Mike Jones: Still Tippin'

Mike Jones (Who?)
Mike Jones (Who?)
YouTube Screen Capture

Last week, Complex's Magnum Opus series that features artists talking about their biggest hits featured Mike Jones (Who? Mike Jones!) discussing "Still Tippin'." The installment interviewed everyone involved with the record, as well as provided a context for the scene it came from and a play-by-play of how the track blew up. Just as impressive as the episode itself was Mike Jones' staggering weight loss. We spoke to Jones about the episode and his secret to reemerging as a healthier (Who?) Mike Jones.

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The Magnum Opus mentions early on your music started getting a buzz from you making custom music for strippers. What makes for good stripper music? You went off their favorite song, or a song they real like. After that, they want me to talk about a certain they they might do on the pole or a tattoo they have here or there to personalize the song.

As Complex's Magnum Opus points out, when "Still Tippin'" blew up, it gave a voice to a part a Texas that wasn't being represented nationwide and lead to an influx of Houston talent blowing up. Prior to "Still Tippin," the only nationwide shot your scene received was for Big Moe's Purple World two years prior. Were there any preconceived notions within the industry of the Southside of Houston that you had to deal with?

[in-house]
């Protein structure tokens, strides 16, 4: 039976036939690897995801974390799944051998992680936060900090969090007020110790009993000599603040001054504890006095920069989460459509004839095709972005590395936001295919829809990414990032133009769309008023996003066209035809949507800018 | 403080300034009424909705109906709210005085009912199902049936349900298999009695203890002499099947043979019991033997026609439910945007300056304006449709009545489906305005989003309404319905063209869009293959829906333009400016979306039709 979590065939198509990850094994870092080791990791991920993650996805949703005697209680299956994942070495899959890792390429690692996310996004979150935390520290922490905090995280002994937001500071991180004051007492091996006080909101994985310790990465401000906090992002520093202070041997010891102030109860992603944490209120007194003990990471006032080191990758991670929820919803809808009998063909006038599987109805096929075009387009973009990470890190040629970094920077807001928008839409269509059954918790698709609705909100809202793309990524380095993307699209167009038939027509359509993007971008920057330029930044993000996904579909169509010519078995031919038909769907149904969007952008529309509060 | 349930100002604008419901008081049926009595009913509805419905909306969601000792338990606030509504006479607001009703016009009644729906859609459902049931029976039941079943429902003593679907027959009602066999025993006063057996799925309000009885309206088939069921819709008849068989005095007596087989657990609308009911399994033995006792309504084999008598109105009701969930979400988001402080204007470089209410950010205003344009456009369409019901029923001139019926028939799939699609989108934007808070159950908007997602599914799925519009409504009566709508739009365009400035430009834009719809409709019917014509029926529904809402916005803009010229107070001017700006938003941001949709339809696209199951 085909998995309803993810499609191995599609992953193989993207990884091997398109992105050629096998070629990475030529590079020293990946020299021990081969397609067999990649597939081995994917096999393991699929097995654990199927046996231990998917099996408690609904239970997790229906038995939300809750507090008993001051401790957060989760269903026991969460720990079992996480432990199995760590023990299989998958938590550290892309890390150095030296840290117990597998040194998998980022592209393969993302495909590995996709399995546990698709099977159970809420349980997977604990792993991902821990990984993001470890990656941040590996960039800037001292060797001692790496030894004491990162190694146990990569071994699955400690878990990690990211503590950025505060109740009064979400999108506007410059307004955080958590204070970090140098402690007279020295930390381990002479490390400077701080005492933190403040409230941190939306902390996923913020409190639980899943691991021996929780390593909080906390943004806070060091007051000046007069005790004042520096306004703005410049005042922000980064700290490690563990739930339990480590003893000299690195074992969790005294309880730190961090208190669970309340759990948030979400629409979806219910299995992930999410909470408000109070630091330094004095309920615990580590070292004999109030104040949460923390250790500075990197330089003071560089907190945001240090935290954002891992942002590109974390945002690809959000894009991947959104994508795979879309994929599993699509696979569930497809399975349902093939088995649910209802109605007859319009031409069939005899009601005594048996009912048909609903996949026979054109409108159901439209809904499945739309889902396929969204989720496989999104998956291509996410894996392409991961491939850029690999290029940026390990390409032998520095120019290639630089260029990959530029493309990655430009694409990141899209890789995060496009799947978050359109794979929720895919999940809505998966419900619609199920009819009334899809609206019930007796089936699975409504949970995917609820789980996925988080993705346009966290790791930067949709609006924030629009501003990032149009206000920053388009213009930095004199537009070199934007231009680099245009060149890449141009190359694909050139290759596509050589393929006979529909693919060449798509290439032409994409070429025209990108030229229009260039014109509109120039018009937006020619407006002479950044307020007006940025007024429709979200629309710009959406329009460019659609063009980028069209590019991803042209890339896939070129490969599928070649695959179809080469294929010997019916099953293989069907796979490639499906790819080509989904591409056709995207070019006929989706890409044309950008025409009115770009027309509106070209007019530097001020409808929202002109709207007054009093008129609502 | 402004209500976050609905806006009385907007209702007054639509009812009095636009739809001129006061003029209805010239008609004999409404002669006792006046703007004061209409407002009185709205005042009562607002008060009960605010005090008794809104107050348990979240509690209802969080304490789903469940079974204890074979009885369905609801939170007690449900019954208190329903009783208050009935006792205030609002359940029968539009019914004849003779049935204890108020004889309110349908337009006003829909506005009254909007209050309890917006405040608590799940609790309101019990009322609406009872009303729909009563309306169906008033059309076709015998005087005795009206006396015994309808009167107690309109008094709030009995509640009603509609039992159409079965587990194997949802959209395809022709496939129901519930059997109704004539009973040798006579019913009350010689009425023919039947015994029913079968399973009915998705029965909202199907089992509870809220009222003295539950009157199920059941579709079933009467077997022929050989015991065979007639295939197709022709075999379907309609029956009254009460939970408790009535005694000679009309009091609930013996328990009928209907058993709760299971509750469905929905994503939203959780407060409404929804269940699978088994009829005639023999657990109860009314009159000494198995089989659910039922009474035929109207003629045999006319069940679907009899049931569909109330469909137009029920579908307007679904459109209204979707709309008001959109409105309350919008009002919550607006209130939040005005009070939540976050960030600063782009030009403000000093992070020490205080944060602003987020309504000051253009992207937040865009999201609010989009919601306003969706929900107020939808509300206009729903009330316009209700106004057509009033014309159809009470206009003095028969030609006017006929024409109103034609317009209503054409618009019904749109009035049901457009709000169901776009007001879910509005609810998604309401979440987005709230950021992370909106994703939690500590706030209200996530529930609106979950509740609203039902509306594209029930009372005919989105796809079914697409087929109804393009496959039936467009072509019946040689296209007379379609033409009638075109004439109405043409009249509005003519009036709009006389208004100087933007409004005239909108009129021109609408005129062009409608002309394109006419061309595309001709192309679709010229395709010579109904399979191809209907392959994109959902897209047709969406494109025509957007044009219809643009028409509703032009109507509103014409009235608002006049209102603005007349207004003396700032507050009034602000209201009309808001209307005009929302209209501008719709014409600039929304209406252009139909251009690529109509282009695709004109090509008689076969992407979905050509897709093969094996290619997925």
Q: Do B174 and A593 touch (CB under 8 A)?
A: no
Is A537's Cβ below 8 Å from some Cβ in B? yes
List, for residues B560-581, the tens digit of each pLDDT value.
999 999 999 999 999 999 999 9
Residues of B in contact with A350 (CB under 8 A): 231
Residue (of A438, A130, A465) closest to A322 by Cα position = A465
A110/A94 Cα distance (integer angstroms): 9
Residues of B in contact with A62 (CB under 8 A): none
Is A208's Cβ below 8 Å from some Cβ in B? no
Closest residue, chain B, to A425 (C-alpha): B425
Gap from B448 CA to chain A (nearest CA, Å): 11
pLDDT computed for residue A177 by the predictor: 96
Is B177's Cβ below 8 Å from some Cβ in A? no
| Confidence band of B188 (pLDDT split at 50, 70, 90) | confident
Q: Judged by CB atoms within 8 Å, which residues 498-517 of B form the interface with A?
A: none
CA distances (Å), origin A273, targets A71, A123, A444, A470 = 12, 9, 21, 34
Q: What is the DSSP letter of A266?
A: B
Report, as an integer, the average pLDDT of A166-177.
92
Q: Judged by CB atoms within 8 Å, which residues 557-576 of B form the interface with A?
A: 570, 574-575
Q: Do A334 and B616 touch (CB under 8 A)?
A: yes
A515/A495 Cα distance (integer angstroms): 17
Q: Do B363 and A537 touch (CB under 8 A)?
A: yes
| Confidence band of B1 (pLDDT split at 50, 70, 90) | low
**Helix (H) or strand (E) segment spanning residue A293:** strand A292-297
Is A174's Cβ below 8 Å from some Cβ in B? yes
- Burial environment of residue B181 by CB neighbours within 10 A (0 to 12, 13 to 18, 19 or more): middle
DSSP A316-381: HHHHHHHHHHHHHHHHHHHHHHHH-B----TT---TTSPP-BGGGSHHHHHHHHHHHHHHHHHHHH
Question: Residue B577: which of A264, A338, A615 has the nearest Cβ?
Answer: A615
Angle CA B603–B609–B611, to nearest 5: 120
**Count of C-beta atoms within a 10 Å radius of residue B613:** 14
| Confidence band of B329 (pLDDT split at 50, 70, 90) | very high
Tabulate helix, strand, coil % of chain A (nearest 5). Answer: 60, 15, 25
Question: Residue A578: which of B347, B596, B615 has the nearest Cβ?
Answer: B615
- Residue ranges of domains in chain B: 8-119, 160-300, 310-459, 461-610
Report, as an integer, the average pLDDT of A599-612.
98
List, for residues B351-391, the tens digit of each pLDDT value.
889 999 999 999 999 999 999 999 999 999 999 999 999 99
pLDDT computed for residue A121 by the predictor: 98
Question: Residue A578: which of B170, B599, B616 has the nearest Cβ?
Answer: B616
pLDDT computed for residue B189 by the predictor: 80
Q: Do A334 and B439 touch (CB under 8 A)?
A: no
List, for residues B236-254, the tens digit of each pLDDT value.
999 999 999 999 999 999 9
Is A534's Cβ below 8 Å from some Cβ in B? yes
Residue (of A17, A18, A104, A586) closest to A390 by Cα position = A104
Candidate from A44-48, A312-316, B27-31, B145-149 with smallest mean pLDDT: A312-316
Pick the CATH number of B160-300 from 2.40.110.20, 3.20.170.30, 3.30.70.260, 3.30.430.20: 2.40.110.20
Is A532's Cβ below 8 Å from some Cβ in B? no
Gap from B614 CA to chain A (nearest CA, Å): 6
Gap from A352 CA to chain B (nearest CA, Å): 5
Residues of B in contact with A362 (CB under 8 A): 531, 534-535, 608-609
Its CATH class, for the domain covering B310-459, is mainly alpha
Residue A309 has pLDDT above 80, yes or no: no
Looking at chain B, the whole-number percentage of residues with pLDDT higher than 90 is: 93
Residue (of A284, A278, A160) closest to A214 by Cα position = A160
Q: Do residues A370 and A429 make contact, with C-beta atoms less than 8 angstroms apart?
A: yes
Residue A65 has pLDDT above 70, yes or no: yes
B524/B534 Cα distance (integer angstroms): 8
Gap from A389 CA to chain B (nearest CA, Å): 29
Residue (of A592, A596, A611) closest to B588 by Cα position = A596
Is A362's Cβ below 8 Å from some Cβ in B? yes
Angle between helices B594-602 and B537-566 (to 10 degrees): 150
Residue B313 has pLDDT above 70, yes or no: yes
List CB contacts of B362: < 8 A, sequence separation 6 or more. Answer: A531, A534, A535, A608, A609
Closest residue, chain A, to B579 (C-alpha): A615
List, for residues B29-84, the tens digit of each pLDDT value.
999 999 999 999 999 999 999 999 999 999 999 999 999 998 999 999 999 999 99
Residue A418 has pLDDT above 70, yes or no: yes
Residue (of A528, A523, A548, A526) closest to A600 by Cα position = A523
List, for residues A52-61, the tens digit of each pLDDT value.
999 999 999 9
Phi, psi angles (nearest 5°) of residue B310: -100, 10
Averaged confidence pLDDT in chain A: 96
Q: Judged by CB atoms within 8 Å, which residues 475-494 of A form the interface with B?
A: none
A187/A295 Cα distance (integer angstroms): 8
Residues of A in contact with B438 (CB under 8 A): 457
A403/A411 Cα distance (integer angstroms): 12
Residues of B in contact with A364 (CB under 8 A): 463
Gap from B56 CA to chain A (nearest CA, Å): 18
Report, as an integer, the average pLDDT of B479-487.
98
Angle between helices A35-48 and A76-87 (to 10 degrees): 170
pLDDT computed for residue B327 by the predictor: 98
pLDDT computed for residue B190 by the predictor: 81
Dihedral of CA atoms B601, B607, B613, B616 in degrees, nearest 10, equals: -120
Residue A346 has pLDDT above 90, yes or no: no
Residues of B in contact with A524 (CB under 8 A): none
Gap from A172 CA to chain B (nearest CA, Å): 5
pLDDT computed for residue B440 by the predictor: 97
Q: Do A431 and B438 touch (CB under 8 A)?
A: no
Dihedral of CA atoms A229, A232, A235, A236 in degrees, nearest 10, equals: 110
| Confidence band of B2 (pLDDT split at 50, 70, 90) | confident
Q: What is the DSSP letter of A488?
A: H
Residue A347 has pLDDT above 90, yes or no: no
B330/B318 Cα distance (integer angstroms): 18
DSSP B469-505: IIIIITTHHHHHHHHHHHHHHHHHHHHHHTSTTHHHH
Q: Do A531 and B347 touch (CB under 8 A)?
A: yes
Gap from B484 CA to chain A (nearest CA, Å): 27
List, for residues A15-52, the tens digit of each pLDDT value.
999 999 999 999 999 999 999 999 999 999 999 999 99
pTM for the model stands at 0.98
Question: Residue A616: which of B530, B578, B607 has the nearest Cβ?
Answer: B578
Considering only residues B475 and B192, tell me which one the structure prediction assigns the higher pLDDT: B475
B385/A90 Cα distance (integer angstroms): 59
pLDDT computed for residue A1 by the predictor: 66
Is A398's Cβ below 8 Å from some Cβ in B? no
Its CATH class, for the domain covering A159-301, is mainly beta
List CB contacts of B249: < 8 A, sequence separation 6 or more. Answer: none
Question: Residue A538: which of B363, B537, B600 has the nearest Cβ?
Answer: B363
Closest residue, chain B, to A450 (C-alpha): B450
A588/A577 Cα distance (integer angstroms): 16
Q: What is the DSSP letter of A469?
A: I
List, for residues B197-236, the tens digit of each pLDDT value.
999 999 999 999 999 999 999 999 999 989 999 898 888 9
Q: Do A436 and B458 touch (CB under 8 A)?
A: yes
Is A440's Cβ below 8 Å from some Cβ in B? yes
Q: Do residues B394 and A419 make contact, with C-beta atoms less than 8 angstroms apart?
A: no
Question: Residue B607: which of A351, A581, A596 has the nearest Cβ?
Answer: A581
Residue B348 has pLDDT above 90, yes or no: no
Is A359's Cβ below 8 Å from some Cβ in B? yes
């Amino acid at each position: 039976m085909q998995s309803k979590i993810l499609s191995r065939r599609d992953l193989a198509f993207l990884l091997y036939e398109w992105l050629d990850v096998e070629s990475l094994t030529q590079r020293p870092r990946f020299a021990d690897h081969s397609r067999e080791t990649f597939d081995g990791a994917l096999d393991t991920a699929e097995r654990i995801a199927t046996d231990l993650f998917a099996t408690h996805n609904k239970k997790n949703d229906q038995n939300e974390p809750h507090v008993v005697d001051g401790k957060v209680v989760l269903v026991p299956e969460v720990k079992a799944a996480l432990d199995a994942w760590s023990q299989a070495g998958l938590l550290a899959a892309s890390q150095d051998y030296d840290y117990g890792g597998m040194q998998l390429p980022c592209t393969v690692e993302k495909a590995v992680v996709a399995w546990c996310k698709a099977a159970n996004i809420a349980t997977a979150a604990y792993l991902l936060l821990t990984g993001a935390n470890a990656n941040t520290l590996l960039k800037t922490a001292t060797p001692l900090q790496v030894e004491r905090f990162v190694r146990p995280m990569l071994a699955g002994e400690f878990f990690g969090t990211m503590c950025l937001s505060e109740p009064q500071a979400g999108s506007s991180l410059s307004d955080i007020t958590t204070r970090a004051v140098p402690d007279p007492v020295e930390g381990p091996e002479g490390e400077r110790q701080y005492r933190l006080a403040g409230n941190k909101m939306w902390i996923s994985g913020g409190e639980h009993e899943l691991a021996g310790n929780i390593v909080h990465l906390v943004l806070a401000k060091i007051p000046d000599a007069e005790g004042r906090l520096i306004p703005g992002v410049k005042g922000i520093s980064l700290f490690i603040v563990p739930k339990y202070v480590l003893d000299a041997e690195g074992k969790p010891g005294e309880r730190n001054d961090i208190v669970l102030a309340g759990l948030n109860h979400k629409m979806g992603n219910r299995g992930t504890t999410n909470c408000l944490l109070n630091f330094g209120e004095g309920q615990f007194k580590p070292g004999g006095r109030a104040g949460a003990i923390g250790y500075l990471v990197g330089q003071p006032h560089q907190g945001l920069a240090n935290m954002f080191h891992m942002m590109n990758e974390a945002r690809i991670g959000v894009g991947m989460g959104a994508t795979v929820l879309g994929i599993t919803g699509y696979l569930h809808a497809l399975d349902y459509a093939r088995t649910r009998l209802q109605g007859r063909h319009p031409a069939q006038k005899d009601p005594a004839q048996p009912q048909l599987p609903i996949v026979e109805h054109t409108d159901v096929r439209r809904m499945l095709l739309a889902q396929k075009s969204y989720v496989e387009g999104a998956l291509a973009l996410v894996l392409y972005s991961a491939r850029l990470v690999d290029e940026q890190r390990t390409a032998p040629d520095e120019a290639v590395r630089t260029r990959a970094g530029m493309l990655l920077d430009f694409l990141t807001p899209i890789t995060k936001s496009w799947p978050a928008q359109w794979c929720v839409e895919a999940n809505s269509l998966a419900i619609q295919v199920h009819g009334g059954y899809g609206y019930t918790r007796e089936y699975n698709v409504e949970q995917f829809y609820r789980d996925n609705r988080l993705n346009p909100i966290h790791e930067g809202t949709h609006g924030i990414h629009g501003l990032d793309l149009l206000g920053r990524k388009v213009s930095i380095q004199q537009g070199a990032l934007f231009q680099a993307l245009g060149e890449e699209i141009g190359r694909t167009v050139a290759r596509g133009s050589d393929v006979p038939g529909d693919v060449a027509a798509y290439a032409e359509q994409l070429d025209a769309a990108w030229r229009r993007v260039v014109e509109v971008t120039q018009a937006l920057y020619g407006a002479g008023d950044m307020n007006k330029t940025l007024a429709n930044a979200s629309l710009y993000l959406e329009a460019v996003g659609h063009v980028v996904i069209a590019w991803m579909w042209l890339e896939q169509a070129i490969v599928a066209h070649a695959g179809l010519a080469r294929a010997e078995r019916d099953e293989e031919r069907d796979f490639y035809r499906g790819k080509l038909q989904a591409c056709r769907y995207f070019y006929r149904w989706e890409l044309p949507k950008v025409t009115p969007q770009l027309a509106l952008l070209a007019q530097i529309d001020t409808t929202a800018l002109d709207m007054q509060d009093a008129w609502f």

Like you said, watching the Complex video, there was already a version they were trying to work with at first that didn't work. I went to Salih and I was able to find a track to put together what we were trying to accomplish. It just was a good feeling and was doing up regional.

Michael Watts mentioned how Salih's version relates more to what people would expect from the South. Do you agree with that? I totally agree with that because Salih captured the south's sound. I'd been dealing with Salih for years before "Tippin'," so I knew if there was anything or anybody that could make the track right, it was Salih. He was the perfect person, and he came through.

The track first got nationwide exposure through "BET Un:Cut." Did you find after that rotation, you started to get more of a response? Oh, of course, it was completely different. Then, it was organic. There were people peeking to see what we were doing. It was playing for all 2003, so when 2004 happened we were still underground. In 2004, it was only Lil Flip repping Houston, but when we came in 2005, it was me and a whole unit and we all were rapping Houston. It all got bigger and bigger.

That record began the nationwide catchphrase of people repeating you name. Prior to using your real name "Mike Jones," did you have any other rap name? Back in the days when I was freestyling, I use to call myself Sace, like Versace. People used to call me that because I was smooth on the flow, I could adapt to the track. My grandma said to "just do you, be you," so I decided I'll just be me, Mike Jones.